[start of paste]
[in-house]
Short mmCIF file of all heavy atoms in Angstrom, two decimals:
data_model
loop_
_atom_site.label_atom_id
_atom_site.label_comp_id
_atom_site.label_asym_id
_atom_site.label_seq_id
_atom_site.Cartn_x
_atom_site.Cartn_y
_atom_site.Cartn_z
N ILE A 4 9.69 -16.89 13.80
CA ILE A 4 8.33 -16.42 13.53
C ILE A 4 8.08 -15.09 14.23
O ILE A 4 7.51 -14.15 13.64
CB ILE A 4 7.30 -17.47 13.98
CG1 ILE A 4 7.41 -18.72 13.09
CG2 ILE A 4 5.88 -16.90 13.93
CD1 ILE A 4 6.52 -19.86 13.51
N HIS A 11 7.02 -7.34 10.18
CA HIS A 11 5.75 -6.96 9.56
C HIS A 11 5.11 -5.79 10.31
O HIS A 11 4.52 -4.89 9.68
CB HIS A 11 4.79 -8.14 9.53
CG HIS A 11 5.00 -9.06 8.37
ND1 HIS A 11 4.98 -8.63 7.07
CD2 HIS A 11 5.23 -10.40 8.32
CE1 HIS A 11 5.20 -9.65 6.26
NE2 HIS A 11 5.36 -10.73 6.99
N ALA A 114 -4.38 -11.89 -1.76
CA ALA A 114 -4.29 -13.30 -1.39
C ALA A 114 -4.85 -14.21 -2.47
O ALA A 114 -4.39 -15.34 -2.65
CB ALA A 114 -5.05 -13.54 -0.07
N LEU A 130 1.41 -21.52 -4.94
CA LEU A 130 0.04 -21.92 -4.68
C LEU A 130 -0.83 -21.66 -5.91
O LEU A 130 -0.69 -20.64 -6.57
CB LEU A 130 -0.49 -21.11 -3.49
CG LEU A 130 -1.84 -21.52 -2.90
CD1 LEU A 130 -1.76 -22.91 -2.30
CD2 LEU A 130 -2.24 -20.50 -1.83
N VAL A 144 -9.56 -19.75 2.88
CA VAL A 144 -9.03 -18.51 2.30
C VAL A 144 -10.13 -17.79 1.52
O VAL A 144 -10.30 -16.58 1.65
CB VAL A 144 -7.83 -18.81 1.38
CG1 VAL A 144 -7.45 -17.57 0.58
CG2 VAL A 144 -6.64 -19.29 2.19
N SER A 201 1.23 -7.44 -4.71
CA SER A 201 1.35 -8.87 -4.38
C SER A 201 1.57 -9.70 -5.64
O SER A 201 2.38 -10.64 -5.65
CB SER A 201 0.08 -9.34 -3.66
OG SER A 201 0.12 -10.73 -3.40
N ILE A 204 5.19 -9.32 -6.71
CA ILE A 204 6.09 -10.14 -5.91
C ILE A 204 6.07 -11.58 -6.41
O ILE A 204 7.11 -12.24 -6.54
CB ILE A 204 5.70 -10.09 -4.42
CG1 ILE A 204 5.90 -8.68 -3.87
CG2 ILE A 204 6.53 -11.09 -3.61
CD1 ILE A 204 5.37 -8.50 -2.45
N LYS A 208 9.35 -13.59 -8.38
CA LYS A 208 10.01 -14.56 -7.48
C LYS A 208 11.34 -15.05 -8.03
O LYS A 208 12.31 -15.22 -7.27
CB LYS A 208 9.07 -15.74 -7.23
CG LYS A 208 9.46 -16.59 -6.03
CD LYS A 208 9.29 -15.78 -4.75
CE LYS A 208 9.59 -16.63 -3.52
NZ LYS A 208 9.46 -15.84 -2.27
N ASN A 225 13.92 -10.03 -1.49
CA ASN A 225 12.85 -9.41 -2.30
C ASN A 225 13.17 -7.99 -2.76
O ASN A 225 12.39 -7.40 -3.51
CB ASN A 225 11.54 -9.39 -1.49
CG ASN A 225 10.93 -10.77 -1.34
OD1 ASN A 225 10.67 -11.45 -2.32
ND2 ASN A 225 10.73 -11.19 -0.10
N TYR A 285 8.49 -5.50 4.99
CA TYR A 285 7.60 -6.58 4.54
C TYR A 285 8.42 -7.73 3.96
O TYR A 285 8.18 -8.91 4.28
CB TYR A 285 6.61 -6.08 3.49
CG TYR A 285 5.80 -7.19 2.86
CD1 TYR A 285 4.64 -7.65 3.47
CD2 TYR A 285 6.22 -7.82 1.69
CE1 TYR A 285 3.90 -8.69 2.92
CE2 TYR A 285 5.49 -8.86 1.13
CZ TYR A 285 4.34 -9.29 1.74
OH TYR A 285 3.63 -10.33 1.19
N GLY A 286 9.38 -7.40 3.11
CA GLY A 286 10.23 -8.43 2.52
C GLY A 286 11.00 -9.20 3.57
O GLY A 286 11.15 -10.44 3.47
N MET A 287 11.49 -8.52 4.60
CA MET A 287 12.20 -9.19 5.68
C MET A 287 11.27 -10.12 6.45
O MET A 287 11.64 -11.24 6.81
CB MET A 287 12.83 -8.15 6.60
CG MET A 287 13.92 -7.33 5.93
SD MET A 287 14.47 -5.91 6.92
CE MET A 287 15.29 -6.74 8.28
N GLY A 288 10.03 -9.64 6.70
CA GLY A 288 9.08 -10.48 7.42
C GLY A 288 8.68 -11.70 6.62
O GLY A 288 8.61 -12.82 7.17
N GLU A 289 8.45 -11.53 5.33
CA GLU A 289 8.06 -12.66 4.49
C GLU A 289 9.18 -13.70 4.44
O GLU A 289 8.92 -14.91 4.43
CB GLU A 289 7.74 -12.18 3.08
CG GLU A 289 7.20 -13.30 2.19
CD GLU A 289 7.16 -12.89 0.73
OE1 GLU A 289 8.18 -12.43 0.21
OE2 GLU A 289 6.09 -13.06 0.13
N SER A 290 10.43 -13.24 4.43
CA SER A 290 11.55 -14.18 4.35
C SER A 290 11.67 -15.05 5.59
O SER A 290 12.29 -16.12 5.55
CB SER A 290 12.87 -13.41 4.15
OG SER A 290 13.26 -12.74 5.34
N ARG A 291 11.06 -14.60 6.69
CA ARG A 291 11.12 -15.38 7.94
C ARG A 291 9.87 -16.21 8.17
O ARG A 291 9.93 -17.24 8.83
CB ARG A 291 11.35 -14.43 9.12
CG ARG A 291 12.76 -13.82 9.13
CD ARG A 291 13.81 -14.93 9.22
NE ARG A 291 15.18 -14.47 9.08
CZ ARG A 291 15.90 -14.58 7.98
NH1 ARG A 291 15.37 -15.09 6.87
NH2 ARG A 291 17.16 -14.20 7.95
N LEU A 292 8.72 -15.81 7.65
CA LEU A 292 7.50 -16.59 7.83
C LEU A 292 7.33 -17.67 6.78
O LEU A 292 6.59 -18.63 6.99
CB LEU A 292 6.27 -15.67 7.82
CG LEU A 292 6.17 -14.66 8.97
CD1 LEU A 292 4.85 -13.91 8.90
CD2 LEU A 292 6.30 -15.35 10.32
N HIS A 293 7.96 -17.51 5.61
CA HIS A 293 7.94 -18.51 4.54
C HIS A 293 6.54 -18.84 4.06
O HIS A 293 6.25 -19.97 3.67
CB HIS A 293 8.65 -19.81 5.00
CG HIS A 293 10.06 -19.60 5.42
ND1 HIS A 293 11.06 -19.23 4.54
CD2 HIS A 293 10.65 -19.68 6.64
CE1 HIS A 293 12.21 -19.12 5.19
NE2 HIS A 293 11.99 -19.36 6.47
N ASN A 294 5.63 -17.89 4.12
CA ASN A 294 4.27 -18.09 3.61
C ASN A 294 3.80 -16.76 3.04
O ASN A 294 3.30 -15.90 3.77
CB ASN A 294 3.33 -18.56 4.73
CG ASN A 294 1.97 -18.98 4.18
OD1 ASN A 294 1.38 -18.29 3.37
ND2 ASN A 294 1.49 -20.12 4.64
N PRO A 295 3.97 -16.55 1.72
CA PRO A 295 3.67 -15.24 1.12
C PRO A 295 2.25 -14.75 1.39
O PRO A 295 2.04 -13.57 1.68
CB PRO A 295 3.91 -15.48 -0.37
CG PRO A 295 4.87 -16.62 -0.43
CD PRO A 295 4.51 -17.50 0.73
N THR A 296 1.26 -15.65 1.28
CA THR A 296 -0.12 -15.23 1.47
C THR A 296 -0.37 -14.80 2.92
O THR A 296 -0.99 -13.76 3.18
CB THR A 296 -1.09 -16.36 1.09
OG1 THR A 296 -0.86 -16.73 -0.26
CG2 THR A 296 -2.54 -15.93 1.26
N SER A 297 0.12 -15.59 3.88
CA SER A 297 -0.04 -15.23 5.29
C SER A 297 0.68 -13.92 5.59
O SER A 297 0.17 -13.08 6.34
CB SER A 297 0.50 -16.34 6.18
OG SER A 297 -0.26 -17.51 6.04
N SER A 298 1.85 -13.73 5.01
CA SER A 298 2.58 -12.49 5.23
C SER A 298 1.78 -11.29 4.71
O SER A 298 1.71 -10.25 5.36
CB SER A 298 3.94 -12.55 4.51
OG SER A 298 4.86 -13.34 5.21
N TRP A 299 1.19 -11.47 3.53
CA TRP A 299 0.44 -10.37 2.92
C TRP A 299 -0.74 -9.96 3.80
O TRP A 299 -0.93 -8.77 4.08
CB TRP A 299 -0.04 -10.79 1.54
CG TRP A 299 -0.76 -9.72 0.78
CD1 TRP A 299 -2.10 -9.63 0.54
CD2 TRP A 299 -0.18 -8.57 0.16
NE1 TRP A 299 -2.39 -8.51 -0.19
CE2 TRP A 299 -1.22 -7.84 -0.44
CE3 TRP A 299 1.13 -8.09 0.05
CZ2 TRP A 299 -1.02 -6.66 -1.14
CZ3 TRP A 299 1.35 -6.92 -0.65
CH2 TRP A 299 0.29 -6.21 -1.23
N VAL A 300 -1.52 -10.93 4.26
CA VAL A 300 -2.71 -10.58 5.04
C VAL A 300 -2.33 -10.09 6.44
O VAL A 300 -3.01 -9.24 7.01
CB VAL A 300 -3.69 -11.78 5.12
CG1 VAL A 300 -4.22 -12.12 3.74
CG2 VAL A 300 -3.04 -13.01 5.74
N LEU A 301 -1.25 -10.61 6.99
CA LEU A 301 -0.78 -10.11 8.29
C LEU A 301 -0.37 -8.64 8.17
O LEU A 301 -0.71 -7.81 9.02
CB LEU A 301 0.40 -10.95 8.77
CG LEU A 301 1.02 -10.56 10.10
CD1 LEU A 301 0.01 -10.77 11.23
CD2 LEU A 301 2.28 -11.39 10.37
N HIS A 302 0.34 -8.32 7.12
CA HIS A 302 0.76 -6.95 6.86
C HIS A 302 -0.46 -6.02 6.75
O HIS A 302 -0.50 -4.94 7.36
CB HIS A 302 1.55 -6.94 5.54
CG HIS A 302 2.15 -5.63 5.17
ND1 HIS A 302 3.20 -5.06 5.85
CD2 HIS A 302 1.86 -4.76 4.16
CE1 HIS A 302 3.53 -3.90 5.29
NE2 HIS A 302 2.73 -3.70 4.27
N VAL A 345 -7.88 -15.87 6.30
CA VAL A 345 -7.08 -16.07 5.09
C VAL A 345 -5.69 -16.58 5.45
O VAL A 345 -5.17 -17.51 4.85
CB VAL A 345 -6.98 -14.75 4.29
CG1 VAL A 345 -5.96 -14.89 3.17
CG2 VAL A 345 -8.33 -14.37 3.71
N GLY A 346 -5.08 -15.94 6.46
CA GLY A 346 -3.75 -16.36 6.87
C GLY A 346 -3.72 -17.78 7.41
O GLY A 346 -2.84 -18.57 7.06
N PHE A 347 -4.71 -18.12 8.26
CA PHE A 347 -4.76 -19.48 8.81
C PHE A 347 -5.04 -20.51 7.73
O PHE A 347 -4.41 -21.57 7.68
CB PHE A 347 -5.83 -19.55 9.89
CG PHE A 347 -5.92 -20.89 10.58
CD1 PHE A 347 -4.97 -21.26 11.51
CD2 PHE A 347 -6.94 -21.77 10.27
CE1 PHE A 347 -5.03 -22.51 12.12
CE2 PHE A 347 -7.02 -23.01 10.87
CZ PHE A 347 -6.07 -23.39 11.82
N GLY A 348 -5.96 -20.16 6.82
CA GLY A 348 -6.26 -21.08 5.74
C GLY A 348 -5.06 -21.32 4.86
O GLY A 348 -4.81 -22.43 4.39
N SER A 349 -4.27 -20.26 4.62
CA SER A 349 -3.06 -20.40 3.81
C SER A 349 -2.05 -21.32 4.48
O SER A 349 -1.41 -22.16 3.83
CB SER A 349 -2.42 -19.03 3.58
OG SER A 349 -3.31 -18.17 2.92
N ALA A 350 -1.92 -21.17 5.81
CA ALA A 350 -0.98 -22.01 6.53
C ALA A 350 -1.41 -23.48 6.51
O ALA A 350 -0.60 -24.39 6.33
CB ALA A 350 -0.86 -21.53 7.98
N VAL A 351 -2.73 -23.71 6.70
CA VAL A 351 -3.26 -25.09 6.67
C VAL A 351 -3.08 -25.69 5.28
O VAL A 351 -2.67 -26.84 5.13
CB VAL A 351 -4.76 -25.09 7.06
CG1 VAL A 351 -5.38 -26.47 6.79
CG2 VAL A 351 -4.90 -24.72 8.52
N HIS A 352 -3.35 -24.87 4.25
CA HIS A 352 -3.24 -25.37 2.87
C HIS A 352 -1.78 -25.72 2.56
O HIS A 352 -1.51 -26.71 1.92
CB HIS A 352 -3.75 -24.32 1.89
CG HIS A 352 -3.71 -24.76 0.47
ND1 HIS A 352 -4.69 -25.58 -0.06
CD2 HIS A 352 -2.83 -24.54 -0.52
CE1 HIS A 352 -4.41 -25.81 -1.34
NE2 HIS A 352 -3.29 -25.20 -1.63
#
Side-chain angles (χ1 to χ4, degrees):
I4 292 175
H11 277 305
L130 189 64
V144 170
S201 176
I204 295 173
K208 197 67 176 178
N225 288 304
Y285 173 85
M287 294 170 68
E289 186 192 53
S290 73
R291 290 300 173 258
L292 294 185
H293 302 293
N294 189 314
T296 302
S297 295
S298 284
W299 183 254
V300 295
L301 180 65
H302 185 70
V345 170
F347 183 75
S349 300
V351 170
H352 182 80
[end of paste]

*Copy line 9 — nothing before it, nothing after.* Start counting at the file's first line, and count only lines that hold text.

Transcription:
_atom_site.Cartn_x